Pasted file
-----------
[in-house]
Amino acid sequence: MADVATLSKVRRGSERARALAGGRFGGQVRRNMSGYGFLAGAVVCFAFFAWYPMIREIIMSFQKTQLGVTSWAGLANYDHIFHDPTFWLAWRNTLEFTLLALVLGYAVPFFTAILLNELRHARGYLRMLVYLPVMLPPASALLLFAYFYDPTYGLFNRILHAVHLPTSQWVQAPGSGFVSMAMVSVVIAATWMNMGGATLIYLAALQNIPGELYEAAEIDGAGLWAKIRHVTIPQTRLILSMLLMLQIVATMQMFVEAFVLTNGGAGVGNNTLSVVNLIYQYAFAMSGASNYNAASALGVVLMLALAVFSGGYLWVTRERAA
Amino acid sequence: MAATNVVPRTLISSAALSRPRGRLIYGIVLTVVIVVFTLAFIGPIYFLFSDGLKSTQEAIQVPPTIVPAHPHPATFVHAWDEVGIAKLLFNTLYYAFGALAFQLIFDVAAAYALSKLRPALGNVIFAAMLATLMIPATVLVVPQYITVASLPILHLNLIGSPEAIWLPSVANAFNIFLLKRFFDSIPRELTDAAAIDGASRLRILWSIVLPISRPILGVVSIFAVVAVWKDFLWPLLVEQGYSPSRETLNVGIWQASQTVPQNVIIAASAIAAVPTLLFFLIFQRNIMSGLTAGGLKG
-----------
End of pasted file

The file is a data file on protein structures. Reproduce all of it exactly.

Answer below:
[in-house]
Amino acid sequence: MADVATLSKVRRGSERARALAGGRFGGQVRRNMSGYGFLAGAVVCFAFFAWYPMIREIIMSFQKTQLGVTSWAGLANYDHIFHDPTFWLAWRNTLEFTLLALVLGYAVPFFTAILLNELRHARGYLRMLVYLPVMLPPASALLLFAYFYDPTYGLFNRILHAVHLPTSQWVQAPGSGFVSMAMVSVVIAATWMNMGGATLIYLAALQNIPGELYEAAEIDGAGLWAKIRHVTIPQTRLILSMLLMLQIVATMQMFVEAFVLTNGGAGVGNNTLSVVNLIYQYAFAMSGASNYNAASALGVVLMLALAVFSGGYLWVTRERAA
Amino acid sequence: MAATNVVPRTLISSAALSRPRGRLIYGIVLTVVIVVFTLAFIGPIYFLFSDGLKSTQEAIQVPPTIVPAHPHPATFVHAWDEVGIAKLLFNTLYYAFGALAFQLIFDVAAAYALSKLRPALGNVIFAAMLATLMIPATVLVVPQYITVASLPILHLNLIGSPEAIWLPSVANAFNIFLLKRFFDSIPRELTDAAAIDGASRLRILWSIVLPISRPILGVVSIFAVVAVWKDFLWPLLVEQGYSPSRETLNVGIWQASQTVPQNVIIAASAIAAVPTLLFFLIFQRNIMSGLTAGGLKG